In brief, I don’t think James Lindsay is completely wrong, even if I might find him mostly wrong and an ass. Will I go out of my way to invite him onto any platform? No, I will not. Should people laugh at him? meh, whatever. Would I be willing to use whatever cultural power I have (which is almost none) to convince people to dismiss, de-platform, or demonize him? Nope. Because that’s a tool I don’t think should be used in most situations. I don’t want to add momentum to the cyclone of the vicious cycle of tribalism and enmity causing more misunderstanding, demonization, and general shittiness than it seems to be adding justice.
If you want justice, you absolutely need to give it a strong foundation of authenticity, fairness, and truth. You need to intentionally burst your own cultural bubble. You need to avoid tribalism. Noah Lugeons, who I think is quite smart, funny, and worth paying attention to has an opinion I disagree with, and all I want to do is add to that conversation. There will, undoubtedly, be people who consider his opinion dangerous wokeness gone mad (as Lindsay would probably say). Fine. I think they are wrong too (even if I understand their feeling, underneath their arguments).
I just think that insofar as we are going to use cancellation as a tool in our culture, we need to be more careful with it, and not frame it as the good, morally correct side using a weapon their enemies used, but doing so better and for the side of justice. To paraphrase John McWhorter, I think that’s a bit religious of an attitude.
I am not sure, honestly. There are truly awful people out there, though they are few. I’m not sure who they are, but I have my biases.
David Silverman is, IMO, odious but I leave open the possibility that he might say something I agree with or maybe eventually grow and change. I will likely have to hear this second-hand because I no longer follow him. Does this mean I’ve canceled him, at least from my own life? Perhaps. Do I think people who will never take him seriously again are wrong and being trigger-happy with their willingness to cancel? Maybe. Do I think he’s necessarily an evil bigot who has written himself off from good society forever, as some seem to have done?
No, I don’t.
Who should be canceled? This is a thing I am still thinking about. I don’t have any certainty here. I’m just worried that some people have taken on a self-view as being righteous, and I’m skeptical of anyone who sees themselves, or their cause, that way. I’ve seen too many people overplay their hands and end up overcompensating, getting caught up in power, etc to trust anyone with any powerful tool, such as “cancellation.” Therefore, I’m opposed to what we call “cancel culture,” even where I might think I’m right and the person I might seek to cancel is obviously a bigot.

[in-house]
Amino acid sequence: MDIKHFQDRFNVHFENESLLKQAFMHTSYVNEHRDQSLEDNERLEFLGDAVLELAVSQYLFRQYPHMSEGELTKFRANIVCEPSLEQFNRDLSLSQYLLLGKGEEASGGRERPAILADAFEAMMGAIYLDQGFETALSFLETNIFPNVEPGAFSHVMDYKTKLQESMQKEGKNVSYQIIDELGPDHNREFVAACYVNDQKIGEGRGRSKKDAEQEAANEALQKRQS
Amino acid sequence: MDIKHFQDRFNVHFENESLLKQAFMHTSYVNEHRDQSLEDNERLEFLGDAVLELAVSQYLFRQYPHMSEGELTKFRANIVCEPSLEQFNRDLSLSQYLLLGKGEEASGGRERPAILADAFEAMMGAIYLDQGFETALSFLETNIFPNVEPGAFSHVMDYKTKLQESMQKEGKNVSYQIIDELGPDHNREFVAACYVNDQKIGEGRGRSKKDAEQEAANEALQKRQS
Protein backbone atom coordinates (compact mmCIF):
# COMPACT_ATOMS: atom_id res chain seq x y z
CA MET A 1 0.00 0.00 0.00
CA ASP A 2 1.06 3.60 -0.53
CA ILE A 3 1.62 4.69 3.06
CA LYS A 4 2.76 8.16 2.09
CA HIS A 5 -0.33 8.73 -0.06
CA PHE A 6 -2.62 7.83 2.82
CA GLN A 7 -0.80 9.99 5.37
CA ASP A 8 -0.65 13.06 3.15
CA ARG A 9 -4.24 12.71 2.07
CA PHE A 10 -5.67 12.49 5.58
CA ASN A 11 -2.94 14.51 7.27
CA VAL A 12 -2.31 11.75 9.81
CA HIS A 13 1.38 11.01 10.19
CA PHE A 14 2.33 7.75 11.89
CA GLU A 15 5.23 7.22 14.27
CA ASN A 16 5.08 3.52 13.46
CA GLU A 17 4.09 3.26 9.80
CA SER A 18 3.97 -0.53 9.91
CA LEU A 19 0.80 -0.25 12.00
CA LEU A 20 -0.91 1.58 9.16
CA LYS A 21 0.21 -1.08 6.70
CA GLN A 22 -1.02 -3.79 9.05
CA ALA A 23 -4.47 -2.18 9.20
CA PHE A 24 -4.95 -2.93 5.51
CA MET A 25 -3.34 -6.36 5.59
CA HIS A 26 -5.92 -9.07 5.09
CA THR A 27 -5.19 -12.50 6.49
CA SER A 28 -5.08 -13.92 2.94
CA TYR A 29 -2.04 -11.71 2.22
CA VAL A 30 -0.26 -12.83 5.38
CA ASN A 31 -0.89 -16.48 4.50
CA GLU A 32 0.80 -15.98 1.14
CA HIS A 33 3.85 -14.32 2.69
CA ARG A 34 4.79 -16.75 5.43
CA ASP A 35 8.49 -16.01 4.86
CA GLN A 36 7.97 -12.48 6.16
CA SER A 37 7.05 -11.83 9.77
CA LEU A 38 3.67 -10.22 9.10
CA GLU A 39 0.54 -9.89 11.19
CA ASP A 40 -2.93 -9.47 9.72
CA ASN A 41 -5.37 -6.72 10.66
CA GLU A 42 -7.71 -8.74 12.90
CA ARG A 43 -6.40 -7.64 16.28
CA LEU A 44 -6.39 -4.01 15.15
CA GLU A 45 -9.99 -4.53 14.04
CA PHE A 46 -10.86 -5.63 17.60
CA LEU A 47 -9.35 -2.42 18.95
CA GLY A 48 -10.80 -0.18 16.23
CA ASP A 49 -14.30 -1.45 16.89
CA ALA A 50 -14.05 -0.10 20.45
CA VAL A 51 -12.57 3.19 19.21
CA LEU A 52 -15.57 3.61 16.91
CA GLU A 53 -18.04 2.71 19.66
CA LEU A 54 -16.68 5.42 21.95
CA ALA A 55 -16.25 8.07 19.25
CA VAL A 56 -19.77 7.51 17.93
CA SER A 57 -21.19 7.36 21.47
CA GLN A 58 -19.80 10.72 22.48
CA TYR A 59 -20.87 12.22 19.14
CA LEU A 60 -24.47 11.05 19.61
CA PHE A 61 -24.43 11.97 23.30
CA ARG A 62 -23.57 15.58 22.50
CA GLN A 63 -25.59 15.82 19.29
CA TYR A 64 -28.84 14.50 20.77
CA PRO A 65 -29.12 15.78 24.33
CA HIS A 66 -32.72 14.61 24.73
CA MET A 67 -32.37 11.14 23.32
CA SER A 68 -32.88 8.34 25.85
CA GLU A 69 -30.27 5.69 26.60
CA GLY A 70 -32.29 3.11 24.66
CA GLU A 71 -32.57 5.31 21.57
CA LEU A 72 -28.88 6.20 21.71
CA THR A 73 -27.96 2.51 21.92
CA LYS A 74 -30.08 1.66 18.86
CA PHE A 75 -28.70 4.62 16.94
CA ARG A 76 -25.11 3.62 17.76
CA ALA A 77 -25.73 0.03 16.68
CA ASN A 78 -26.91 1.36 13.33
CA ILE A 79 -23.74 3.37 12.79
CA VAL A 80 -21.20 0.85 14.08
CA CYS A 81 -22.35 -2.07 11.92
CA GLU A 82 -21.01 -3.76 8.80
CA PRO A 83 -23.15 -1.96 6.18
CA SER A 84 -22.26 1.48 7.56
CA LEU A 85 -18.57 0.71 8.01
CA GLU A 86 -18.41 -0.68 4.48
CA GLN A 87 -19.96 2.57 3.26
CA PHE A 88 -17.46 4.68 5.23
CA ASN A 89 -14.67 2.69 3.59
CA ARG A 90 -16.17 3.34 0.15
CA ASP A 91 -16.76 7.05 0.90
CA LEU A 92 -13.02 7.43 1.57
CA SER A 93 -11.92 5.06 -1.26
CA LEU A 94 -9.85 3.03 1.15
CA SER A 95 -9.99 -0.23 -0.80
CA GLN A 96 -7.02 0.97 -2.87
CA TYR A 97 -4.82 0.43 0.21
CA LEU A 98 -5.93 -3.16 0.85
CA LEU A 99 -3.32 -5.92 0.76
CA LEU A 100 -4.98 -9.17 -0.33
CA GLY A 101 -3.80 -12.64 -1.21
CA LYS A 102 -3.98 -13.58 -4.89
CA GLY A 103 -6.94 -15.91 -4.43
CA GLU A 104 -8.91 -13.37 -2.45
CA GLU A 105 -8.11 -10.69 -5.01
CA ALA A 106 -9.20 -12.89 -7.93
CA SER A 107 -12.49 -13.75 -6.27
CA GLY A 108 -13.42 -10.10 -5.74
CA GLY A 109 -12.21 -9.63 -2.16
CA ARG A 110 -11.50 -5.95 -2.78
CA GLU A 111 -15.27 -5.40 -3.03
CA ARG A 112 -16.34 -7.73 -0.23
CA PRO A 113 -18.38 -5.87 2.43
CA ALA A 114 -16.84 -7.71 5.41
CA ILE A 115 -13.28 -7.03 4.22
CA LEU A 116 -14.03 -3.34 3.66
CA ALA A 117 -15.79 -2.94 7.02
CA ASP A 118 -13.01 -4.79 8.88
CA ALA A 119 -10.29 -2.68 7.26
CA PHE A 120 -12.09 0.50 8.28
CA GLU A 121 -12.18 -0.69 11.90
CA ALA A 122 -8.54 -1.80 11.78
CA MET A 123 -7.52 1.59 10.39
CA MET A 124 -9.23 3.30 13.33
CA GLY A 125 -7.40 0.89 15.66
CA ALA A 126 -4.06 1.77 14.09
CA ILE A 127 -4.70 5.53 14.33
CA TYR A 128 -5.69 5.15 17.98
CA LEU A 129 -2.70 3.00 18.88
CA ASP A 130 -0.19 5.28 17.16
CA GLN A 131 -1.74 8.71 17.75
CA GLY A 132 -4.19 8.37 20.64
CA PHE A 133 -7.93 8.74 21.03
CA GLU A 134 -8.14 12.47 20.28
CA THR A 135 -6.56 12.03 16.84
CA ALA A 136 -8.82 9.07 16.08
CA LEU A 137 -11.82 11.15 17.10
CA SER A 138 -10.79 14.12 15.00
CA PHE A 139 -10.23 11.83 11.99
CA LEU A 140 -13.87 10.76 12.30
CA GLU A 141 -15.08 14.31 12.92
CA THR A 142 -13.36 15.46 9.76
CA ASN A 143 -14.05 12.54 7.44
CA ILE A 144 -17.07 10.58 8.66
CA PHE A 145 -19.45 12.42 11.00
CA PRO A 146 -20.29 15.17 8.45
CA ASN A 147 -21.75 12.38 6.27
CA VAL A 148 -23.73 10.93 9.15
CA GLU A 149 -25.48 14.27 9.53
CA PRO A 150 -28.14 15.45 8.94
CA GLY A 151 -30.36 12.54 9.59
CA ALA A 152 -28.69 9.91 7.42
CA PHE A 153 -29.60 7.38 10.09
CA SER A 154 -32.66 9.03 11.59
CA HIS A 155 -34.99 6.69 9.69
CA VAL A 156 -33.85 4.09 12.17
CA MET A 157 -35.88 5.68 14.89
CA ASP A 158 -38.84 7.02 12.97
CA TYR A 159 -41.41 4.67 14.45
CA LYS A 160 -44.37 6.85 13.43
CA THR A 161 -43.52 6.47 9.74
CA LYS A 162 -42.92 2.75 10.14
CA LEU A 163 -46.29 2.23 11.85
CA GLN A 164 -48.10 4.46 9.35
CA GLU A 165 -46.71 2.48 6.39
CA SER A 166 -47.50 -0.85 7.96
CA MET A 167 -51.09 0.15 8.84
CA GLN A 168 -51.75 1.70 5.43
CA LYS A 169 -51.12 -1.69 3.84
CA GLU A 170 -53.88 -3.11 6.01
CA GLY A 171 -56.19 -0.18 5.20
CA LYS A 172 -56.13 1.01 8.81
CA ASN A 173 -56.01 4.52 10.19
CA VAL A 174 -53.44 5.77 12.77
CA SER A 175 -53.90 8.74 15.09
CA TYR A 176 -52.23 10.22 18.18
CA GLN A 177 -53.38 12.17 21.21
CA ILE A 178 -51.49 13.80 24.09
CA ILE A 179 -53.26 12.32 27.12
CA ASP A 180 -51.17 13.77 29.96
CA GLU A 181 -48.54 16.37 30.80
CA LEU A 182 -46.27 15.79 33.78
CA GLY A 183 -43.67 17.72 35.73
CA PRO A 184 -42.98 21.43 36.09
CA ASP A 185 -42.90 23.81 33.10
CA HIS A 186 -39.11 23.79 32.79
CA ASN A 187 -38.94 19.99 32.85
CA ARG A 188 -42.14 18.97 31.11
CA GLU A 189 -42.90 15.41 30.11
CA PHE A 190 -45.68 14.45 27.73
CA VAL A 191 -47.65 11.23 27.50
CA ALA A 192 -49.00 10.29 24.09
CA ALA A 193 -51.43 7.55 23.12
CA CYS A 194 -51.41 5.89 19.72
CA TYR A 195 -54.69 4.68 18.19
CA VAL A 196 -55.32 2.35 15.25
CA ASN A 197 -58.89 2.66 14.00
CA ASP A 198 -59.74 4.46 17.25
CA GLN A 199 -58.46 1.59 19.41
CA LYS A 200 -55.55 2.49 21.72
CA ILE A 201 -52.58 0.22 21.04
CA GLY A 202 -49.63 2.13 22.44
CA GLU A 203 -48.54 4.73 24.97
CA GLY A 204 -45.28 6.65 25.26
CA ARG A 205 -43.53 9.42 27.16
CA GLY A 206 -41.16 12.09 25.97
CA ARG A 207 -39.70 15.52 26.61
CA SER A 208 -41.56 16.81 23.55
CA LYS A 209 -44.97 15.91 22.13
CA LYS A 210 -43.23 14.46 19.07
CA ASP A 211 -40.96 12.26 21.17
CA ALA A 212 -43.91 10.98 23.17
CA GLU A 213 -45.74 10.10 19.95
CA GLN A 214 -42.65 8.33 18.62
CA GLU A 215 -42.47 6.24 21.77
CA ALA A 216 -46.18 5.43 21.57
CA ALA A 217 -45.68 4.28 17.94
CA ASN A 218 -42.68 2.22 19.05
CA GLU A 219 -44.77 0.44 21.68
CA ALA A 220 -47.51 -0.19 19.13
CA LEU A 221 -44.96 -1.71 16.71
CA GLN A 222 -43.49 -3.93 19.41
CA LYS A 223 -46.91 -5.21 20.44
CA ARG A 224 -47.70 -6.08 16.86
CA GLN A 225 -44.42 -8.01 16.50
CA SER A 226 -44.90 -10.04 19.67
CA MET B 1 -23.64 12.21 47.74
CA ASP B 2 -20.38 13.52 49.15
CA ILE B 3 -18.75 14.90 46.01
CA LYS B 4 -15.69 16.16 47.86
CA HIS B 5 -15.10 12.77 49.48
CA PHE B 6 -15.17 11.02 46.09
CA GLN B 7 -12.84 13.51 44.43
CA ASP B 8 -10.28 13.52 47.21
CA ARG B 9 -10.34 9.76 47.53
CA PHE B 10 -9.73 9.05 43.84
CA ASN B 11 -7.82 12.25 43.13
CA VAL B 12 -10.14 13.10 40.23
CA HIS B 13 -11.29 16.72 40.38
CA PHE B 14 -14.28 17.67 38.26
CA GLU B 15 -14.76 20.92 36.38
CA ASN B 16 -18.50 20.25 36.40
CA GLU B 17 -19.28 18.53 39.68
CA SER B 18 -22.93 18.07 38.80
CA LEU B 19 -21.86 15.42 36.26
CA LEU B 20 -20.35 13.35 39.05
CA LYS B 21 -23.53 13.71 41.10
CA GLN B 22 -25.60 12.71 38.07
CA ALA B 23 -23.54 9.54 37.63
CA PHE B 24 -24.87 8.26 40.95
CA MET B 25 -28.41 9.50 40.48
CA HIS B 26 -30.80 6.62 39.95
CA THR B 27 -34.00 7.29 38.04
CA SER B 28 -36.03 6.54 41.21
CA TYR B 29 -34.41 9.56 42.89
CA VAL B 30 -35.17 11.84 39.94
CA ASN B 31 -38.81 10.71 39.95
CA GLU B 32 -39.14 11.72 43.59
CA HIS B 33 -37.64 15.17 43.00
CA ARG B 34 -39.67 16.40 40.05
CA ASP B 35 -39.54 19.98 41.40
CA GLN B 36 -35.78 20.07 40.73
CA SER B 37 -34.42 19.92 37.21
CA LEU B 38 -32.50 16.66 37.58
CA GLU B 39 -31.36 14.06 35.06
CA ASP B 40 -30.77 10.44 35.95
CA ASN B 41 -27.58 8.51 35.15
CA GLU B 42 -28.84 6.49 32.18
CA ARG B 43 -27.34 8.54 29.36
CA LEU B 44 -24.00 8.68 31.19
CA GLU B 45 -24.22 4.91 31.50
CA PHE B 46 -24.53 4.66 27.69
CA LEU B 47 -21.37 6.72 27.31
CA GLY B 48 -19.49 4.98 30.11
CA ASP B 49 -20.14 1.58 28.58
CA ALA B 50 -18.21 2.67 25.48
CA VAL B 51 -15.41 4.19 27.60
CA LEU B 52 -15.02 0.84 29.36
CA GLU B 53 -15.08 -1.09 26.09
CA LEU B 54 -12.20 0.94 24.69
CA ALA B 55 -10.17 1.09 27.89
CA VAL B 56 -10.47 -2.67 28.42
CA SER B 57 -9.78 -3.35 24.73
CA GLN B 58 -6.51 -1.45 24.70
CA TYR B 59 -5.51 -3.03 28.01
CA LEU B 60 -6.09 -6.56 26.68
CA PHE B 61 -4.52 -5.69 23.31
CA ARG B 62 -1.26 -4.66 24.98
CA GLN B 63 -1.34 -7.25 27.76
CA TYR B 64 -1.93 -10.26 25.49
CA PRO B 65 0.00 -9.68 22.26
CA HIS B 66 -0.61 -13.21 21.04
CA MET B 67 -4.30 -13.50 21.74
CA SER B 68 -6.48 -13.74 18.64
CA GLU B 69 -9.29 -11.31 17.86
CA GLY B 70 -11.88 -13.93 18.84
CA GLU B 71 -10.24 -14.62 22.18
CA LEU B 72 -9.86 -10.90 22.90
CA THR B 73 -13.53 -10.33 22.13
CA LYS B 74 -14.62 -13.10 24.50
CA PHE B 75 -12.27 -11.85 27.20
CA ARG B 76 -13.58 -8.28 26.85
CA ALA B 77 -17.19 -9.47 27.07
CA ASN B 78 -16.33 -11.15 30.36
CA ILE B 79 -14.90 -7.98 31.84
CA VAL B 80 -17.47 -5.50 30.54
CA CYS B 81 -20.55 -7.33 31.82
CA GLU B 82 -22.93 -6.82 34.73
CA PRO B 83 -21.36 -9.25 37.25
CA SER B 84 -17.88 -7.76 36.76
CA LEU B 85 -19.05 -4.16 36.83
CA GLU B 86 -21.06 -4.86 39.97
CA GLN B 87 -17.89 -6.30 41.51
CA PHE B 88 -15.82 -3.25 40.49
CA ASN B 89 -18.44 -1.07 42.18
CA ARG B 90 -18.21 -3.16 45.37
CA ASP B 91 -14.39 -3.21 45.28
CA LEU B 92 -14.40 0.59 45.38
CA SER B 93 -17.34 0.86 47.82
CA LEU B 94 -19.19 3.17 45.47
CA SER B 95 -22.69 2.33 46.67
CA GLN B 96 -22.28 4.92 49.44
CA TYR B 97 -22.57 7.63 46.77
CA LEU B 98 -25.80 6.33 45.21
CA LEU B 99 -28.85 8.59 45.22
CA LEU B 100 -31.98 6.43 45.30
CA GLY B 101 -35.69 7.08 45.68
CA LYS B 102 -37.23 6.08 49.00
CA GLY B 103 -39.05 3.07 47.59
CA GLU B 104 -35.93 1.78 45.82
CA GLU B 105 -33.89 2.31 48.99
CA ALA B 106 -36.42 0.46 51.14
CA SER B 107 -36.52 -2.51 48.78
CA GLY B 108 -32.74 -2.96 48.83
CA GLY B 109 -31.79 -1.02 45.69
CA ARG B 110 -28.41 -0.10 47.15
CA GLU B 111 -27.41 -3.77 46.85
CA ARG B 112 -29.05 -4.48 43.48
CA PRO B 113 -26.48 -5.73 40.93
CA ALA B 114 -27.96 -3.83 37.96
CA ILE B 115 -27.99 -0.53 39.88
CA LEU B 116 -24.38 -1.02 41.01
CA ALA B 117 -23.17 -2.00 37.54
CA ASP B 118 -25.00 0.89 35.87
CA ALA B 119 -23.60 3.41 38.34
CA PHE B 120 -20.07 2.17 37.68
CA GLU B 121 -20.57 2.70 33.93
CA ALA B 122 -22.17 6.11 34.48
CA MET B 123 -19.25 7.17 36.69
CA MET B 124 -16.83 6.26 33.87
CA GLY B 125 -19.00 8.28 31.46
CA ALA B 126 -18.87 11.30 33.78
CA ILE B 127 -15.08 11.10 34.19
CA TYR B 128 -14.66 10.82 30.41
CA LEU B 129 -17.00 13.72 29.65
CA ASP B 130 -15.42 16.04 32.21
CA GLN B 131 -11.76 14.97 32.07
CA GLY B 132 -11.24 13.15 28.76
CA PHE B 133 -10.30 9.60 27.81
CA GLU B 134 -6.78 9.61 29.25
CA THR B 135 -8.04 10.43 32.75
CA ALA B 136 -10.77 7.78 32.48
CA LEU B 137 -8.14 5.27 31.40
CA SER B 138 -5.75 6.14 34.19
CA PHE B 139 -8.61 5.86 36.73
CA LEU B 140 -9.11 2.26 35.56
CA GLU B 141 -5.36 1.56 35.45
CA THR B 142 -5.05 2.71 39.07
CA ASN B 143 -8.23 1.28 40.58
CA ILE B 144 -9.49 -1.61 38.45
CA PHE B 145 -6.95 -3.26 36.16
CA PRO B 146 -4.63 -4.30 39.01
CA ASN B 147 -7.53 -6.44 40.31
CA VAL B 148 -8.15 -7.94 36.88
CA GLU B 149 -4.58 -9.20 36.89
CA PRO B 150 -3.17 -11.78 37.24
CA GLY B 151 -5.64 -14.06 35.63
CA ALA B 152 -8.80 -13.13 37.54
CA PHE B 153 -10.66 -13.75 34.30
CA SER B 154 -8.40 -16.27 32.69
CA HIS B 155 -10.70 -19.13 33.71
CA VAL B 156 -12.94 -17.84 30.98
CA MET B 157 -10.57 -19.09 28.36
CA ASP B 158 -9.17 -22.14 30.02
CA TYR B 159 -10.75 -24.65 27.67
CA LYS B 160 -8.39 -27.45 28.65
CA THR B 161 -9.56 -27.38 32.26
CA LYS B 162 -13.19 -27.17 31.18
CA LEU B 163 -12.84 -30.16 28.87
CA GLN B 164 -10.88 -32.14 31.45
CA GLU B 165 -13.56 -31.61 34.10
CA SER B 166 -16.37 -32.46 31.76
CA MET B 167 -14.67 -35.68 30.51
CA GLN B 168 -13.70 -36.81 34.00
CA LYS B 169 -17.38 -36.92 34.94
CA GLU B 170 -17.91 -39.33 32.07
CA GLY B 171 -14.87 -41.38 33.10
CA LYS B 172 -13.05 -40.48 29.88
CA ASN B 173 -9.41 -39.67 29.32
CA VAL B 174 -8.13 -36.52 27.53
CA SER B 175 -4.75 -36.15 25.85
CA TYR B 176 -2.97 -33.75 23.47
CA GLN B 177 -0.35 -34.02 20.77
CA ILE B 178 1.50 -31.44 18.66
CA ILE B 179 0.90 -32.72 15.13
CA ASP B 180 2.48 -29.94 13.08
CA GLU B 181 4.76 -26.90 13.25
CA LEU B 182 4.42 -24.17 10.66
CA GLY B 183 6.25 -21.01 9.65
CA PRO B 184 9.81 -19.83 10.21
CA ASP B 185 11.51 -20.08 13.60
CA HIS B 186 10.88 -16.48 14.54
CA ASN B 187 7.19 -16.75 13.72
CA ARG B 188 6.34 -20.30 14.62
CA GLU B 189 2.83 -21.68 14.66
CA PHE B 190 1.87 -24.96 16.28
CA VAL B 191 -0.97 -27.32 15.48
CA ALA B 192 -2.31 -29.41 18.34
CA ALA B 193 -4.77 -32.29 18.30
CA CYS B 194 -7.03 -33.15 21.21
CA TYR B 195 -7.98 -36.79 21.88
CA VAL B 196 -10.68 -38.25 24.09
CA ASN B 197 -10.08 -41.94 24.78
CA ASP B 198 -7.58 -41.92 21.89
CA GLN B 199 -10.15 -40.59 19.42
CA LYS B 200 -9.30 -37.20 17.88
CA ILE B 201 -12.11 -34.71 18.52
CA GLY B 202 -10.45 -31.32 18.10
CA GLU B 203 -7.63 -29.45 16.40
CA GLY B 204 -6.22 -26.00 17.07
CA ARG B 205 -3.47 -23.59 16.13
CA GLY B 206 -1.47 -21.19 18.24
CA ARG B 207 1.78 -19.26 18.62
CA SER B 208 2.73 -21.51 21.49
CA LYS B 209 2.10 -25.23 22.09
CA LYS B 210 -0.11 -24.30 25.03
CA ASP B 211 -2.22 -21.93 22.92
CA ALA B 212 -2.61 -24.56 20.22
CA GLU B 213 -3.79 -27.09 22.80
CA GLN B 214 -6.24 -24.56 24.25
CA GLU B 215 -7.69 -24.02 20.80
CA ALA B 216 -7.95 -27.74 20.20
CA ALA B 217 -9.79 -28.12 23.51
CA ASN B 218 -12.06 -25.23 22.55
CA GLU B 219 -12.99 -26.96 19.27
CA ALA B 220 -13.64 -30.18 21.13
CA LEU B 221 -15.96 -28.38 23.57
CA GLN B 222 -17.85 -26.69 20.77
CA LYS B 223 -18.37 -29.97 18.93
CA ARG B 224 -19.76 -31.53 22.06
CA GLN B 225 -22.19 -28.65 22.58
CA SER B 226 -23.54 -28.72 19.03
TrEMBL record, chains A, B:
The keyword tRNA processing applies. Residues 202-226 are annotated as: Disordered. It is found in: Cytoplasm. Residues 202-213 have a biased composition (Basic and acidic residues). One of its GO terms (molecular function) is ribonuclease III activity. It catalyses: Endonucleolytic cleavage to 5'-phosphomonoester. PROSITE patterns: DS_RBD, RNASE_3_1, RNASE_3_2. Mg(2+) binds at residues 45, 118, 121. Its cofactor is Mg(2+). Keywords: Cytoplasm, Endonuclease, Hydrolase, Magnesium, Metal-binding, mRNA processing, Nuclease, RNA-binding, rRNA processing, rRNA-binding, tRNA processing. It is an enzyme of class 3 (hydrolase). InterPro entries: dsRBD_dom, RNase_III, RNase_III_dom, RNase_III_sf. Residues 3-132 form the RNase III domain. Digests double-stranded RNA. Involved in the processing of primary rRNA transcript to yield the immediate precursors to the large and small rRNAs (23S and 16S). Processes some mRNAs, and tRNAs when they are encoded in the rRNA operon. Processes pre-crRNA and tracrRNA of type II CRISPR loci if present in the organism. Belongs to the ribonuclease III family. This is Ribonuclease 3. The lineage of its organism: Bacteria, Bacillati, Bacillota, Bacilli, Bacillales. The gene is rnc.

I’m merely suggesting more caution at very least. But otherwise, Noah’s diatribes are great (I have volumes of them at home on my bookshelf), and I encourage you all to give them a listen. He’s great with language and has made me chuckle many times. So no, I’m not cancelling Noah Lugeons.
I cannot be the only person who, when in moments of mental turmoil, fantasizes about leveling some ideological opponent with a brilliant quip which shuts them up. I believe this experience is somewhat common among humans.
But lately this unhealthy exercise has become less satisfying, and I think it might be worthwhile to deconstruct why; mostly for my own sake, but perhaps, dear reader, you might glean some understanding (whether of me, yourself, or some potential universal humanity).
The more righteous I feel, the more devastating such quips, which never seem to come at the time they are needed, tend to be. But as I continue to grow as a thinker, the more I am certain that certainty isn’t all that laudable a goal. And in recent months, I have noticed that I catch myself, while formulating some quip, retorting back at myself in the process. It softens my emotional satisfaction, and robs me of the catharsis of which such ruminations are capable.
That is, I have begun to value my ability to see myself from the point of view of my interlocutor and see how the devastating verbal barrage of truth was blunter (double entendre intended) than I anticipated. The next thing I know I’ve discovered nuances and depths of uncertainty I wasn’t able to see in the blinding light of certainty.
It’s not completely unlike the experience of realizing, mid-argument, that your significant other is actually right. In the moment, you are too taken-aback and still too emotional to admit it, and perhaps you dig in because of this, but it changes the experience nonetheless. Anyone who frequents Twitter might have some understanding of this phenomenon, as well.
Idealism and certainty
Back in the halcyon days of 2012 or so, back when I was idealistic and more certain, I found myself in the lap of the burgeoning movement we now think of as the woke mentality. I saw it as progress, and even recognized it as a form of the same PC culture I saw in the 1990s. I saw it as the world finally waking up to certain realities and I saw it as a good thing. I became woke (even if a lot of it wasn’t really new to me) before the term fully took hold.